Amalya Nini was born in 1948 in Israel to a family of Yemenite origins.
She spent her childhood in a small Yemenite village in central Israel and studied painting in Israel at Bat Yam Art institute. In 1973 she moved to the United States of America with her parents where she continued to enrich and widen her skills in various art courses.
As early as her childhood, Amalya remembers being inspired by the beauty surrounding her. Orange tree groves and rolling hills, fields covered with beautiful flowers in spring time, the livestock and the numerous fruits and flowers her family grew, were, and still are, the main inspiration for her art.
Throughout her early years she traveled around the world, widening her horizons towards different cultures and landscapes, as well as continuously nourishing her hunger for art in museums in the shade of the great masters of the past. Art, Nature and any form of beauty were a constant drive to find her own language.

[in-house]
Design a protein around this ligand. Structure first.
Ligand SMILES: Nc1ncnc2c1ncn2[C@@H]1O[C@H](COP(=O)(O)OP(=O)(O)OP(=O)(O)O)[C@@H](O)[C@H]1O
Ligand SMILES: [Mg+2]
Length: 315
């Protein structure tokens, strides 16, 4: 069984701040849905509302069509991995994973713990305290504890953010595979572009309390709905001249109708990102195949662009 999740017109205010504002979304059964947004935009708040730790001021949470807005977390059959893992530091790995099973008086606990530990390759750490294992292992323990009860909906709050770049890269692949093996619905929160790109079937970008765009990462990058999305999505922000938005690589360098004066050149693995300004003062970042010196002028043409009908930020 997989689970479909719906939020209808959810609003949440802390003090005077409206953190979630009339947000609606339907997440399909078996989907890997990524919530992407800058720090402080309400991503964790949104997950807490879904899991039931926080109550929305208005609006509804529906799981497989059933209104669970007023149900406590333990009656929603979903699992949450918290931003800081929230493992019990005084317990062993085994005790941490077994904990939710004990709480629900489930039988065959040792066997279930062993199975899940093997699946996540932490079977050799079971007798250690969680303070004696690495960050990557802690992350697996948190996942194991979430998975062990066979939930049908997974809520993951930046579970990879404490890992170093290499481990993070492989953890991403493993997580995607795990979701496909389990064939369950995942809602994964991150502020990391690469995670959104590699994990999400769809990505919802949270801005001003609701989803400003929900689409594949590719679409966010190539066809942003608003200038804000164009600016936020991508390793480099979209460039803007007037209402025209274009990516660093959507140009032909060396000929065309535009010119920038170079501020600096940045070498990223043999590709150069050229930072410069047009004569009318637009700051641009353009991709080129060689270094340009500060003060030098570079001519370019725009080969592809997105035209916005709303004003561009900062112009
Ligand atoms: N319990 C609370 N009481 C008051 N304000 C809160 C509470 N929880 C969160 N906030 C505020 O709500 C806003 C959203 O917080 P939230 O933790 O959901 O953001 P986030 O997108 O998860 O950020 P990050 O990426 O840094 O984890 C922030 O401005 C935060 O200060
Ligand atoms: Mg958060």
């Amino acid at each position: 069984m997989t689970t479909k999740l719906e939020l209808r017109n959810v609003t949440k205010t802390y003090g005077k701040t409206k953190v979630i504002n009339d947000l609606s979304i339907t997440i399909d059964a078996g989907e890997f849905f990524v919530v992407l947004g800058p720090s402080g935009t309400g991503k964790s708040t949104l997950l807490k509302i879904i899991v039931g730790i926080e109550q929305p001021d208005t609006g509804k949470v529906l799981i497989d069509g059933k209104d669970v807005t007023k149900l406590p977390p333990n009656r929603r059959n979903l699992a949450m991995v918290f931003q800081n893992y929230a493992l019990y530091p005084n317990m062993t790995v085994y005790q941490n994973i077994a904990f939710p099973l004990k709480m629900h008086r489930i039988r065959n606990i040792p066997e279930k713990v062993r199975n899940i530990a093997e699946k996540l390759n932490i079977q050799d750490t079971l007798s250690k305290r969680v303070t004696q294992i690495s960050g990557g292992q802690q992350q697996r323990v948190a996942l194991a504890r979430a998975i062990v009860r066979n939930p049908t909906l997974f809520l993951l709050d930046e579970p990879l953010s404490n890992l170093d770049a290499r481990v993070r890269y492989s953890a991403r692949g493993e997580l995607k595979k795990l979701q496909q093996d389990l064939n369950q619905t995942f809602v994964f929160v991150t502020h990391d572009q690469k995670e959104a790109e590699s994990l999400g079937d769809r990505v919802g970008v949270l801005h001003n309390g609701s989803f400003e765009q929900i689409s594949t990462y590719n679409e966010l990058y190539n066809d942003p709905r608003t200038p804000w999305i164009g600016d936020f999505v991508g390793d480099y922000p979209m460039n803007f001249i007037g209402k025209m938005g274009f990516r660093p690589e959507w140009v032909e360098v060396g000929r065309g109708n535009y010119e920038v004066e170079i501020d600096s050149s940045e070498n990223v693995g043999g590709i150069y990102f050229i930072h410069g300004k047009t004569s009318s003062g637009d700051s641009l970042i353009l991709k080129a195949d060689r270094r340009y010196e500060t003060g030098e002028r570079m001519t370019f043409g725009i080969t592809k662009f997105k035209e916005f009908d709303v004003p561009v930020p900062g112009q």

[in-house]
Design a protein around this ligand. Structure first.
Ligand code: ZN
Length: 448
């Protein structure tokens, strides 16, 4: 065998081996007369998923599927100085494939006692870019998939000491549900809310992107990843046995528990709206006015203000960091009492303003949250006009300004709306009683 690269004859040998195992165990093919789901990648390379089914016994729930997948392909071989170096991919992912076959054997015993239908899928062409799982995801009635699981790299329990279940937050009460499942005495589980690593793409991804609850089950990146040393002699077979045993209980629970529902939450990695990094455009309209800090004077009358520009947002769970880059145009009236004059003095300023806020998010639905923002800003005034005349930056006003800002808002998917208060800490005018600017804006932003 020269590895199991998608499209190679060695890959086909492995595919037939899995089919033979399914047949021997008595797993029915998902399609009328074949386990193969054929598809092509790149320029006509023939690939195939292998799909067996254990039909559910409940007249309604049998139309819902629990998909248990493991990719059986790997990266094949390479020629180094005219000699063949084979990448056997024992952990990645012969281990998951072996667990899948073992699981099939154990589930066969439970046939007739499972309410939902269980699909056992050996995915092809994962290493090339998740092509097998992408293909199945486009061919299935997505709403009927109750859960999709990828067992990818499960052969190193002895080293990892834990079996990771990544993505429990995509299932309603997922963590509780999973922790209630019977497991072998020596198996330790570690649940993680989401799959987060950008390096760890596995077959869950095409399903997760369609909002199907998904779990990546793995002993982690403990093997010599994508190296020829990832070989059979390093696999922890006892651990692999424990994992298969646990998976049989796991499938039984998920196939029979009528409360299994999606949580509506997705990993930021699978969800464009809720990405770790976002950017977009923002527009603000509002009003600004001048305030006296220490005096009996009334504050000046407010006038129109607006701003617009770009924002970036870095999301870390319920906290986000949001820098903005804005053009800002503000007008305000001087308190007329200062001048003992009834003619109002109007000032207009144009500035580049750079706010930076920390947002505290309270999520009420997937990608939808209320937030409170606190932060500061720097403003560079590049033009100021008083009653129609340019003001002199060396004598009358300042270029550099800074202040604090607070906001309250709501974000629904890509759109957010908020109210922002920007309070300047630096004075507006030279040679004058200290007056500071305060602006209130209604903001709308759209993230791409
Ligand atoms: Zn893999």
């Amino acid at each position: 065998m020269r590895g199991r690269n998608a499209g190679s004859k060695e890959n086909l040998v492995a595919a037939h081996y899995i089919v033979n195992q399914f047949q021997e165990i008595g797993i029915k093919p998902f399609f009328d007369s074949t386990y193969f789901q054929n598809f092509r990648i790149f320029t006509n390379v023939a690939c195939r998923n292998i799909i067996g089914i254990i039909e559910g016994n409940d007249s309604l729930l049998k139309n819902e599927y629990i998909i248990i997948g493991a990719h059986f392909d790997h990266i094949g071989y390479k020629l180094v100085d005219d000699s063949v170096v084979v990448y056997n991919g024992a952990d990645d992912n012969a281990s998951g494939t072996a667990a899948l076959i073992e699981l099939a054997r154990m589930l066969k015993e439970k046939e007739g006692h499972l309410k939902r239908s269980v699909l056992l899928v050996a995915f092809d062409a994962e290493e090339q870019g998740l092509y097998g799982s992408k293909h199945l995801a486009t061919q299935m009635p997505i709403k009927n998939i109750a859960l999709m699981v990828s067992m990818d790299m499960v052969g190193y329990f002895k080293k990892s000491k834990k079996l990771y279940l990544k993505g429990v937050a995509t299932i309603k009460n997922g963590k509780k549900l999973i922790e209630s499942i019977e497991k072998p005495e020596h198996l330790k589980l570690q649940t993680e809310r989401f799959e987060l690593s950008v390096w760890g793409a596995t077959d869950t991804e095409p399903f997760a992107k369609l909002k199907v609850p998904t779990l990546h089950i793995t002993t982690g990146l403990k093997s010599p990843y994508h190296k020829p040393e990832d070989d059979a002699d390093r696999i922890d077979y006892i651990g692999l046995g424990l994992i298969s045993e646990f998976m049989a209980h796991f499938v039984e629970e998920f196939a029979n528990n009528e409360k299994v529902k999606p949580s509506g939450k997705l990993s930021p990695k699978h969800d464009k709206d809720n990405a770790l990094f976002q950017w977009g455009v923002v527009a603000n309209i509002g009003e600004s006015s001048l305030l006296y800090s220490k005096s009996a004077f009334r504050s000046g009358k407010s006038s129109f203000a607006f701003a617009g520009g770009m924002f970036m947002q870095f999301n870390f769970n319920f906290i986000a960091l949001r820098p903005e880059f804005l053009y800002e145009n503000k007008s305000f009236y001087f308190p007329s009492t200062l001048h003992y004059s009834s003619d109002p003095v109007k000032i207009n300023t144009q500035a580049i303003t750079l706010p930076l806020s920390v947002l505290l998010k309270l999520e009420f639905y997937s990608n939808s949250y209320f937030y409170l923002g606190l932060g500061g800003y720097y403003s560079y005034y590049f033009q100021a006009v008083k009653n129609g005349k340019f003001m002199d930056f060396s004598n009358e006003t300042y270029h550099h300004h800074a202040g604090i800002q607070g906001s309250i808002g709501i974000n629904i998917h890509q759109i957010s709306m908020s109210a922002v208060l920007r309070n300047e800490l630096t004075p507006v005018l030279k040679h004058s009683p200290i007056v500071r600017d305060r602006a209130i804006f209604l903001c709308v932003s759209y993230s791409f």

Amalya's love for the Jewish art stemmed from her upbringing in the rural Yemenite community, rich in Biblical tradition and folklore. She is today considered a pioneer in the field of reviving the art of Paper Cut in the Jewish Art. The ancient origins of this art form arrive from the far-east. Throughout history the techniques of the east were brought to Europe and were adopted by Jewish artists.
Today Amalya's masterful Paper Cuts combine a long and rich history of her predecessors, together with a fresh palette of colors, which are a personal translation to the flowers of her own garden and the seasonal lights. Without disregarding her rich history, she has a unique voice in the art of Judaica.
Amalya has been featured in many art exhibitions and galleries throughout of the US and Israel, and her works hang proudly in the abodes of many world leaders.
She is a mother of two wonderful children, and lives and works in a small picturesque house nestled in the Jerusalem hills in the village of Zur Hadassah, where she toils tirelessly over her gardens, both the one outside her window, and the ones on her floating papers and parchments.